The second thing we must change is the spokesmen for whatever these institutions want to do. The government has spokesmen telling the international financial institutions what to do with our people without asking our people. [The government] might send somebody to go and jot on a piece a paper what they think the indigenous peoples want to do.. Yet, when the indigenous peoples come to discuss their own ideas with the government, that's not what the government wants.
The international financial institutions must not only hear, but support, what it is that the indigenous peoples want. That means spending time with the indigenous community. I'm glad that we have begun a process here in this meeting. But it's not because of three or four hours of meeting or three or four hours of people talking about culture and tradition that we're going to learn. The real learning is out in the field. That is where the planners and economists need to be - talking to the indigenous peoples to see what they want. The international institutions need to say to the government that this is what the [indigenous] peoples want and [this is] what we're going to support.
As a third element, Terena claimed:
We must consider the strengthening of indigenous organizations. Because colonialism has tried to destroy our system of living, our social structure, our economic structure, we were forced to organize. We had to create organizations in order to defend our rights before the governments and the institutions. That is why there are so many indigenous organizations in the world. We need spokesmen to defend our rights, our land rights, our cultural rights....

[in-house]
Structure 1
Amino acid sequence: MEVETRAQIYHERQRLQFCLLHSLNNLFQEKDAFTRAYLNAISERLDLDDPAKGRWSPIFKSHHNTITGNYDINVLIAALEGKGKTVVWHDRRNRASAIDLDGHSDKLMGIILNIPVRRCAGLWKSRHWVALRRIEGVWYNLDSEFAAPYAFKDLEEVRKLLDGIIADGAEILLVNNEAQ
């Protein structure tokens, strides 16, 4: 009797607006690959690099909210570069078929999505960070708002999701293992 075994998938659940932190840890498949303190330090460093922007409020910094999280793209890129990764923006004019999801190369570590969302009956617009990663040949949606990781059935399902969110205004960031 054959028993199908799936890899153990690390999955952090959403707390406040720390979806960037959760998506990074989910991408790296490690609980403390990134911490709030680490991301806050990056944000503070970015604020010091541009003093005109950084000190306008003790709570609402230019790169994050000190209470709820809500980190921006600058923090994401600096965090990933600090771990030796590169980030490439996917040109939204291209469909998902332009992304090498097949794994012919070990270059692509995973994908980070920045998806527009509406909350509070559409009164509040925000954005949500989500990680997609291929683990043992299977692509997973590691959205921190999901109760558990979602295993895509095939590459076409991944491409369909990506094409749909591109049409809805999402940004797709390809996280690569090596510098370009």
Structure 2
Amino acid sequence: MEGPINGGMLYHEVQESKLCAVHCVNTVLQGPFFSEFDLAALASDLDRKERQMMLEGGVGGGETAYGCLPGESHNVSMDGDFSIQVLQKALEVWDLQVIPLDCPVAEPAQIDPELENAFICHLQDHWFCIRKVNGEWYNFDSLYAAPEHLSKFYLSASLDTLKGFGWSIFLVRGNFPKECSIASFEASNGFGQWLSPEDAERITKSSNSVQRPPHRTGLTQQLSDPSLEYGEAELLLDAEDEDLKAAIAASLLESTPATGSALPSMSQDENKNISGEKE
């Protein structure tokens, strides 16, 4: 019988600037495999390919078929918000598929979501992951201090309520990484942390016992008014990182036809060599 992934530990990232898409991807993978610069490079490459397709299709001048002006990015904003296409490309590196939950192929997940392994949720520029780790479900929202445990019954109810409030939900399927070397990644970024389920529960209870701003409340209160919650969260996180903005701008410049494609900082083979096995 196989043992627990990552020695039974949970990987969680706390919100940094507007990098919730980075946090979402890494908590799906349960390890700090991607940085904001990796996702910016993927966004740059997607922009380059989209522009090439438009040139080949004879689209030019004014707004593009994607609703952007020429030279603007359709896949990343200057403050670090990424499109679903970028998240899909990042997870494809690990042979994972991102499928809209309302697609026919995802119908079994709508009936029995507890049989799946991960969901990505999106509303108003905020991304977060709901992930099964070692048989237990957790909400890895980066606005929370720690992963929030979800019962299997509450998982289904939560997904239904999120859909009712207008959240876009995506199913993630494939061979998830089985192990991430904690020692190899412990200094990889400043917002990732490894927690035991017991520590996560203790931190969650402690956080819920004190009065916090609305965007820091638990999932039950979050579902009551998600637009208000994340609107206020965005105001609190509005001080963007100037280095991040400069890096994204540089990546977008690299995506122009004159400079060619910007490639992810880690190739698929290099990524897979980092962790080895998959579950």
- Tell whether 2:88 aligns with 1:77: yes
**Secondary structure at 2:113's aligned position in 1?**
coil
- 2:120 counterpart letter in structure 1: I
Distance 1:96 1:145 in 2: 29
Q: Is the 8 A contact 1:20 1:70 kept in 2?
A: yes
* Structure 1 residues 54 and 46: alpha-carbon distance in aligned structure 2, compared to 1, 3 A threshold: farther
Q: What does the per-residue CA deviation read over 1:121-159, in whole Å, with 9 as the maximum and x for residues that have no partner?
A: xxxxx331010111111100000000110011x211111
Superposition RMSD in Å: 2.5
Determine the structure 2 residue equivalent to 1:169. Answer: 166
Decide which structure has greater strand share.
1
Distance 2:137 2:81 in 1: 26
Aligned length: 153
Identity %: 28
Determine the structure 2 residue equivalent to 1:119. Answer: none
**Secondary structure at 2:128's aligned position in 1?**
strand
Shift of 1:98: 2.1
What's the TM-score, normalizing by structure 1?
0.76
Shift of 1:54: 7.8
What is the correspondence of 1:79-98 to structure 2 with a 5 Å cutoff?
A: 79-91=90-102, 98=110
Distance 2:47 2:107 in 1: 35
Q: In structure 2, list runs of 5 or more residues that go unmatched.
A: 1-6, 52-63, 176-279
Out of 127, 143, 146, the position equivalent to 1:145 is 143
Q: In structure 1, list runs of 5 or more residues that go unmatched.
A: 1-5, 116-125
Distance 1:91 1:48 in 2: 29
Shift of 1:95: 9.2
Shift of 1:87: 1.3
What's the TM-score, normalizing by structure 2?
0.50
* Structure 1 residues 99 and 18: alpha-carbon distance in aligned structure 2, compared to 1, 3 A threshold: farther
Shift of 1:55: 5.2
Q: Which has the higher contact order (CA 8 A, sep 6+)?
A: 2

Because these organizations usually do not have the means to come to a forum like this and present their defense, what is needed is to build up and strengthen these institutions. Help build up the community organizations. We're not talking about only national organizations but organizations at the base where the needs are most felt.
The last thing that Terena mentioned as needing assistance from the international financial institutions is indigenous leadership training.
But this is just the beginning. If you really want to help indigenous peoples you must address these four considerations: land demarcation, consultation, organizational strengthening, and leadership training. Otherwise, I think the attitude will continue to be just wanting to help the indigenous peoples without giving them the means to solve their own problems. Otherwise, the exploitation of our land and our natural resources will continue. More and more we will continue to be put into the market economy that will destroy our people.
In the discussion following Jorge Terena's presentation, Maritta Koch-Weser, Chief of the Environment and Natural Resources Division in the Asia Technical Department of the World Bank, stressed the urgency of the issues raised by him and the other panelists. In large areas of the world indigenous peoples find themselves without the secure land tenure that he mentioned. Similarly, the voices of indigenous peoples are seldom heard within the halls of government or international financial institutions. Thus, development policies and projects continue to be planned without the informed participation of indigenous peoples. This in turn leads to the loss of valuable cultural knowledge and heritage, which could be the bases of sustainable development.
In his closing remarks, which appear in the following chapter, World Bank Vice President for Environmentally Sustainable Development Ismail Serageldin also stressed the urgency of the situation faced by indigenous peoples and the importance for development of respecting and supporting their cultural knowledge, heritage, and identities.